My God you see some scary things on Twitter. Quite apart from the vile, gimpy, sub-bridge, creeping, cringing, anonymous execrables with their festering, stygian bile I mean.
There’s the endless horde of inexplicable folk who set their profile picture to photos of a bum; concealing their identity in the barmiest way possible like the nuttiest Avenger in Marvel-town. There are the people – just as bonkers – who take twitter astonishingly seriously, and post uncomfortably earnest tweets with up-to-the-minute personal reports for the benefit of strangers worldwide. And of course there’s the leader of the Western World, whose account I genuinely believed to be a parody when I first came across it.
But the most frightening thing I’ve seen on Twitter recently was Jason’s declaration that he planned to cover more whiskies from America.
“Argh,”I cried, rendered lexically sterile in my horror. What dangerous clown let the Tormorenator out of the Cadenhead’s cage? This is a man who really, honestly, thinks that Rittenhouse 100 Proof rye is rubbish. Who said that American whiskies suffered from tunnel vision. Who accused bourbon – reader, I shit thee not – of being limited in focus.
We can’t let that sort of thing loose on Malt – we’ll get nukes fired at us. Trump’s probably imposed sanctions for less. I’ve spent the last two years writing for the British Bourbon Society, and now I’ll end up lynched in Kentucky for association. Mark’ll find himself delivering terroir lectures in a wall-building El Paso chain gang and Phil… well, Phil’d probably be alright. They like the Irish over there.
And then I realised that, in doing most of my US whisky scribbling for the BBS, I’d not really covered much of it at all on Malt. Which, in fairness, rather left the door open.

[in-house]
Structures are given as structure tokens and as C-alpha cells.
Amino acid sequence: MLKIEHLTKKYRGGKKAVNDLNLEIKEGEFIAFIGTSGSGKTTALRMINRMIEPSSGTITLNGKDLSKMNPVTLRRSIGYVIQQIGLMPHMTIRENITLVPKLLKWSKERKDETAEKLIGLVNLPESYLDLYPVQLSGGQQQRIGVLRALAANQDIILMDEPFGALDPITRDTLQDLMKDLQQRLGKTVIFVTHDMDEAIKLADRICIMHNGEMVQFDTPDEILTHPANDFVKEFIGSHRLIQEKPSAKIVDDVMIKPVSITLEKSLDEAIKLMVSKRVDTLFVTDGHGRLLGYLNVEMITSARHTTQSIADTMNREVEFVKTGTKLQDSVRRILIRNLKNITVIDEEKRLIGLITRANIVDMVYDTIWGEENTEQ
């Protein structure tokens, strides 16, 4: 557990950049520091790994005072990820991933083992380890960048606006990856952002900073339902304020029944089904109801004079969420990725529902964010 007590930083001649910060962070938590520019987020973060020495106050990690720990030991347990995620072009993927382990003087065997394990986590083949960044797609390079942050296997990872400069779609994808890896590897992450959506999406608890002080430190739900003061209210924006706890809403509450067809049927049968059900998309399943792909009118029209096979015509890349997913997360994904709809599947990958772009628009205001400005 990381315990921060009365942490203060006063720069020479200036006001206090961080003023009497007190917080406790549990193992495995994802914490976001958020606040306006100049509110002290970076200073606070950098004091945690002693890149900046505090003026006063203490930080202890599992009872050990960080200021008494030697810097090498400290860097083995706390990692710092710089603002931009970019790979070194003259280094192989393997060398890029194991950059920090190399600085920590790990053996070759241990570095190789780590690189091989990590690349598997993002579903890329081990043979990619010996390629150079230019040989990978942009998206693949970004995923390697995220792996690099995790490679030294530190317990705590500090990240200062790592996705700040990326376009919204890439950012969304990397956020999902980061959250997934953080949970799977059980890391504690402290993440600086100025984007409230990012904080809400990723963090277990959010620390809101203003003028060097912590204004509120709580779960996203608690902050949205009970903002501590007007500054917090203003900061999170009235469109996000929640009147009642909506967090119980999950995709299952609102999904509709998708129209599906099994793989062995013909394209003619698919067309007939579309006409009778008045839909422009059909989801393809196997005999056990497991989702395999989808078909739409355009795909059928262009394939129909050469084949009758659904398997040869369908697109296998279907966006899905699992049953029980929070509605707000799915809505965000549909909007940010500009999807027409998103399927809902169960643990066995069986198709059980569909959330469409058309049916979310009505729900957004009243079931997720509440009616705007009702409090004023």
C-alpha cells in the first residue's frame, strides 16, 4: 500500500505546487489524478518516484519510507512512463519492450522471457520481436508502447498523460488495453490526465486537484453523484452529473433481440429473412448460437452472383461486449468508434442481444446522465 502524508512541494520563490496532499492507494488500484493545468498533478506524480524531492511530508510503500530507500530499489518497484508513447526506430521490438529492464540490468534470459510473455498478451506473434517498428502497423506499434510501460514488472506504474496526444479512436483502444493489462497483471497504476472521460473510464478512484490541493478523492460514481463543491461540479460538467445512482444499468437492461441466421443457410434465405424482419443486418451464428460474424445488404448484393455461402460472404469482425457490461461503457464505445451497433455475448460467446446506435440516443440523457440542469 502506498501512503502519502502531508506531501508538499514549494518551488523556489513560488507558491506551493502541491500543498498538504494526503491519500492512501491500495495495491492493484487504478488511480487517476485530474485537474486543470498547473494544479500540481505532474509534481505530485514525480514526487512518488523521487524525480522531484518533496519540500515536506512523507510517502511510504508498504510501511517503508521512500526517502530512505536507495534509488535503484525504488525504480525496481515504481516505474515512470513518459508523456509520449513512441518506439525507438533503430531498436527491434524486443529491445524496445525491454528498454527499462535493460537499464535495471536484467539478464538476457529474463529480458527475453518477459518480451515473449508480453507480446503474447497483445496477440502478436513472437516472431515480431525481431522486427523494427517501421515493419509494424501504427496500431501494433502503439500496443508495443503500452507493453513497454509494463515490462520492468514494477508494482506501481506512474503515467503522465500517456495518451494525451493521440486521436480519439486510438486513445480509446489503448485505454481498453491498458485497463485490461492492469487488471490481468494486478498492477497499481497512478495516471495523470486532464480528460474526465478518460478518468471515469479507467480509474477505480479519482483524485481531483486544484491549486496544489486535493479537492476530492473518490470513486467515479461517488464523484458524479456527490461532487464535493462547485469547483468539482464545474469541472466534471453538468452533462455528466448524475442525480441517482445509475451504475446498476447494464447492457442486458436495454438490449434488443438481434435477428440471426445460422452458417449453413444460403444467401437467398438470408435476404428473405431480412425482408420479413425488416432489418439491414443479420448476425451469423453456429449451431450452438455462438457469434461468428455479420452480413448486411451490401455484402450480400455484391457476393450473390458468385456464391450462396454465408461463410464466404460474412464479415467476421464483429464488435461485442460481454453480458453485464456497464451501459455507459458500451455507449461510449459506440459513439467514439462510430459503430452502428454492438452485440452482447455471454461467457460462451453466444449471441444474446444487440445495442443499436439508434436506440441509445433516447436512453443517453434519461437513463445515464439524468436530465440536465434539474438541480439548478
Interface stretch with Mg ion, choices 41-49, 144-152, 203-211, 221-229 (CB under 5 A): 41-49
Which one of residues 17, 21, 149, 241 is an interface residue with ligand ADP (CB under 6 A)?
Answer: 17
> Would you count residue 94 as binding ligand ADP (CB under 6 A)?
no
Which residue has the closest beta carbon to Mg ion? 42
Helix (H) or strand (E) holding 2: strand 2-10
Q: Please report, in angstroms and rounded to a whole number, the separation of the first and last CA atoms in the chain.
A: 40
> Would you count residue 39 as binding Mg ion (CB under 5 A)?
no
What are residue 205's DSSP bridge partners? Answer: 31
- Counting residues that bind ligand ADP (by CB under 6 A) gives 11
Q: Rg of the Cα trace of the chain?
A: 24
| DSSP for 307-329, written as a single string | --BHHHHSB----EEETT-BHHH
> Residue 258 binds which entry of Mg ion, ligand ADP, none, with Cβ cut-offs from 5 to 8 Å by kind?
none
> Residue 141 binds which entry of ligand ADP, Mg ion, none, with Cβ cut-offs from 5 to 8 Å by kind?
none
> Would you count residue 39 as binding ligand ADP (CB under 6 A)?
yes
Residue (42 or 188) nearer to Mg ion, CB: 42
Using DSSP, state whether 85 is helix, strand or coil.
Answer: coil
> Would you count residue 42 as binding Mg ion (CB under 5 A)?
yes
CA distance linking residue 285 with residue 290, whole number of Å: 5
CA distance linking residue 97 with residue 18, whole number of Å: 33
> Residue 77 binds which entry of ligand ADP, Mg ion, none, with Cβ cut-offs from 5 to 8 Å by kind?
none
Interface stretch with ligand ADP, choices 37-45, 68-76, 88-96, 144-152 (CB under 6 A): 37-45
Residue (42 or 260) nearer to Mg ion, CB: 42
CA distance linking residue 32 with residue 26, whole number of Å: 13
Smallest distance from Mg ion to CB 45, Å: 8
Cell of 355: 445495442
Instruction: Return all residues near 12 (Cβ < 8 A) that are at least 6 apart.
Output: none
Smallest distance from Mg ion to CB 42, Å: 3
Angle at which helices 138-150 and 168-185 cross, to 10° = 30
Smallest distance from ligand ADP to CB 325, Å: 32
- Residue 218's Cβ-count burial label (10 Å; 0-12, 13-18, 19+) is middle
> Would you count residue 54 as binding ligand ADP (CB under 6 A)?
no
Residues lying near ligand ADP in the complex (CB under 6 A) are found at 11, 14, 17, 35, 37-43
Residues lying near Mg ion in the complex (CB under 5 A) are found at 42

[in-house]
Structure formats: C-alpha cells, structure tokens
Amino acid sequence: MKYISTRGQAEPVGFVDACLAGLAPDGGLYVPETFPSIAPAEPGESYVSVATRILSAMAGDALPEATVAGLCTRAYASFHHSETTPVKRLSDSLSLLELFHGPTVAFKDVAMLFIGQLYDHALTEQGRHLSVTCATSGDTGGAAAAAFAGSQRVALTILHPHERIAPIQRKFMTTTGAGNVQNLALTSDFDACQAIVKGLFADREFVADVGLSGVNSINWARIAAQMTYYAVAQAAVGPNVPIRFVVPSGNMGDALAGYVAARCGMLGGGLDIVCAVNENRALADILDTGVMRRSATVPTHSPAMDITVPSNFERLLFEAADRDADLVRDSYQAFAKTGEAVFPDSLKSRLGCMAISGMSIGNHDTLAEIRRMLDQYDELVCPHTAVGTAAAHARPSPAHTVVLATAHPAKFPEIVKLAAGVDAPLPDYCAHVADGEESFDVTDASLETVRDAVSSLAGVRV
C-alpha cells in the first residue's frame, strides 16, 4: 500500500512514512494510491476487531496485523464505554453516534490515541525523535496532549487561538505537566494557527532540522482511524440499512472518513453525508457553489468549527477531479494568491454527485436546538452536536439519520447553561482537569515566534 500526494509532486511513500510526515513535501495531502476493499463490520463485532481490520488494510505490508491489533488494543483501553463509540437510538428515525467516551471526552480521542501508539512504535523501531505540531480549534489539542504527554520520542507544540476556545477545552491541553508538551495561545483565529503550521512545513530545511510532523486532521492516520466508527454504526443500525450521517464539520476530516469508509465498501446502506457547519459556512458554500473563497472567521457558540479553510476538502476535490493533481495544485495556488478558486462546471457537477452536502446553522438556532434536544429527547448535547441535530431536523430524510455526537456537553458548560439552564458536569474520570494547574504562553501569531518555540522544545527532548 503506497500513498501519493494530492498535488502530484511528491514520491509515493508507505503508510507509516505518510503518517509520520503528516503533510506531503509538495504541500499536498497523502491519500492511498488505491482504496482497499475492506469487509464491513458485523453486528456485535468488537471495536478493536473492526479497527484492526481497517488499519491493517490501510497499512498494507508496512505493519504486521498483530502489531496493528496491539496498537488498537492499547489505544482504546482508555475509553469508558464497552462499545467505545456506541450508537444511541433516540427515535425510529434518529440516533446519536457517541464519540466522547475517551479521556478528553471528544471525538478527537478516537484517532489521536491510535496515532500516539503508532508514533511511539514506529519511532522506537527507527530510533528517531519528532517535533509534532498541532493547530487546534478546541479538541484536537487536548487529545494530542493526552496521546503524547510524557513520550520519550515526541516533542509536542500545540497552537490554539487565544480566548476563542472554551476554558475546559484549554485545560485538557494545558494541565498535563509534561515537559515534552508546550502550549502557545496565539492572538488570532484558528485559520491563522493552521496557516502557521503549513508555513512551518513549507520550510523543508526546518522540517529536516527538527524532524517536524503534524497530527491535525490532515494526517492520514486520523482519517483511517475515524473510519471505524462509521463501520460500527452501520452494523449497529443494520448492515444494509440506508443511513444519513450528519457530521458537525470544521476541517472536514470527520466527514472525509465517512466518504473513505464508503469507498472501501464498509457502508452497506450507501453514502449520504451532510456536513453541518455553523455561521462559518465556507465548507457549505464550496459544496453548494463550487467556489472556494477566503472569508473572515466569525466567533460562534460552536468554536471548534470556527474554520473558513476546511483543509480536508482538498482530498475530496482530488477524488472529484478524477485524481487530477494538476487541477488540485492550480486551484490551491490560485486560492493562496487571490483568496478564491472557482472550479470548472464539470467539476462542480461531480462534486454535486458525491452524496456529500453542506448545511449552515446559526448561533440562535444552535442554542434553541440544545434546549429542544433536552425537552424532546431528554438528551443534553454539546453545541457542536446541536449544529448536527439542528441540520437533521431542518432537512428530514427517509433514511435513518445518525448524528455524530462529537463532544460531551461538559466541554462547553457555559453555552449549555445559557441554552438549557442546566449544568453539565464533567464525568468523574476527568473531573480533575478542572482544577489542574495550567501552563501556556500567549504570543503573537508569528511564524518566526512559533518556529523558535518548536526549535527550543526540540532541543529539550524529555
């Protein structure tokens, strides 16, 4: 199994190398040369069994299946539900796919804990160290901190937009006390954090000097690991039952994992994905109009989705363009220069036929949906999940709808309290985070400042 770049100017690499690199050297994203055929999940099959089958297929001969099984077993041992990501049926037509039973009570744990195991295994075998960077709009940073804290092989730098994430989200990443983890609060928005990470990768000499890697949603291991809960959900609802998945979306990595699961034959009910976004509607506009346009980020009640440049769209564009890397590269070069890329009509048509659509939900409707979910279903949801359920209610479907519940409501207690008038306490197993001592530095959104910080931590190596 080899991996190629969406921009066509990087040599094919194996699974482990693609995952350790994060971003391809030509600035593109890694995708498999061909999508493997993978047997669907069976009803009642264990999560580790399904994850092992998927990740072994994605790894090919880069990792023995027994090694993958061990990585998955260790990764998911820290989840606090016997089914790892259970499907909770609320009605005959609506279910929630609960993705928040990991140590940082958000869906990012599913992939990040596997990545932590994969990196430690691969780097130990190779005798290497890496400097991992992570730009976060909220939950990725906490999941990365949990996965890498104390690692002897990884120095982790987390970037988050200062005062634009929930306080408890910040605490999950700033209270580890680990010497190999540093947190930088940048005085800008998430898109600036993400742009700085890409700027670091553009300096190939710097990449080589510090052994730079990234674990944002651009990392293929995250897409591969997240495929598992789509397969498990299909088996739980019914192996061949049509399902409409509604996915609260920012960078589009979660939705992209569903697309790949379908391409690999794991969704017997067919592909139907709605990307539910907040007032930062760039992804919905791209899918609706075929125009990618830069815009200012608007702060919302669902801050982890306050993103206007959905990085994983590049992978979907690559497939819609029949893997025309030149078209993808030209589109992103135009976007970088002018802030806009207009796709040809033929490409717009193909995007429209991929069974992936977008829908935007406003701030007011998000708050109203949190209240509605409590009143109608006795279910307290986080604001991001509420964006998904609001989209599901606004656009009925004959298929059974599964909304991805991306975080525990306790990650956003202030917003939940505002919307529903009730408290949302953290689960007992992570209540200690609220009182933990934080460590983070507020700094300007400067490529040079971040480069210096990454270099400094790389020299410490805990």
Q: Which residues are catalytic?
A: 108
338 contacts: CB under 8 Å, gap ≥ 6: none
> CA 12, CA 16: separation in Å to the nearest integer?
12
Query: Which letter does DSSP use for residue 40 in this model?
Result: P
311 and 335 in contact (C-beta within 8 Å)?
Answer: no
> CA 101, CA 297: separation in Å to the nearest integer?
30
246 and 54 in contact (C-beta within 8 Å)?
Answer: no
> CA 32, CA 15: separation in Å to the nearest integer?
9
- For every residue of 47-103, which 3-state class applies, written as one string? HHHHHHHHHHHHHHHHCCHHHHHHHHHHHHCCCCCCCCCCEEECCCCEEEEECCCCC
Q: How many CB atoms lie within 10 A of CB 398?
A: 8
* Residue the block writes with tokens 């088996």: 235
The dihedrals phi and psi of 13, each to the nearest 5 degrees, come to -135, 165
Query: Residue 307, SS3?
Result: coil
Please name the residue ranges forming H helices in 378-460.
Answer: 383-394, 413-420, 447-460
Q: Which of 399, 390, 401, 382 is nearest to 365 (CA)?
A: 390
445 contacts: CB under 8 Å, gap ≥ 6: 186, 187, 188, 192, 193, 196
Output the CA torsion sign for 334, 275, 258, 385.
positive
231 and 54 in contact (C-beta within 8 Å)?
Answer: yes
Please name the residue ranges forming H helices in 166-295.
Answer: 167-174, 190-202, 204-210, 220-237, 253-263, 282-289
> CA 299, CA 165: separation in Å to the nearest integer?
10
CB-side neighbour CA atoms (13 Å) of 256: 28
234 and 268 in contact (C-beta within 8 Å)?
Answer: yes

So, in the name of diplomatic relations, in the name of the safety of Malt – nay, the British public – in the name of all that is good and true and at least 51% corn, and in the name of giving my co-scribbler a good-natured poke in the eye, I’m taking my tasting glass stateside for a bit.
Which brings us to Reservoir, a distillery out in Virginia.
I have a bit of form with these guys, and I should admit straight away that I think they’re great. Craft operations can be pretty hit and miss in America – after all, there are 1500-odd of them – Reservoir are very much the former. Back when they still didn’t have UK distribution I went to a tasting of their kit in London. I expected it to be pretty average fare, and I came away a bit of a disciple.
A few months ago their stuff finally landed on Master of Malt (the Whisky Exchange now stock a few of their bottles too) and I didn’t hang around.
Reservoir’s chief idiosyncrasy lies in its mashbills. Each one is 100% of their individual grain. So the rye is 100% rye, the wheat is 100% wheat, and the bourbon is 100% corn. (Which, incidentally, is perfectly fine, contrary to the misinformation that it becomes ‘corn whiskey’ when the mashbill trips over 80%. What would make it a corn whiskey would be if barrels hadn’t been charred, or weren’t new.)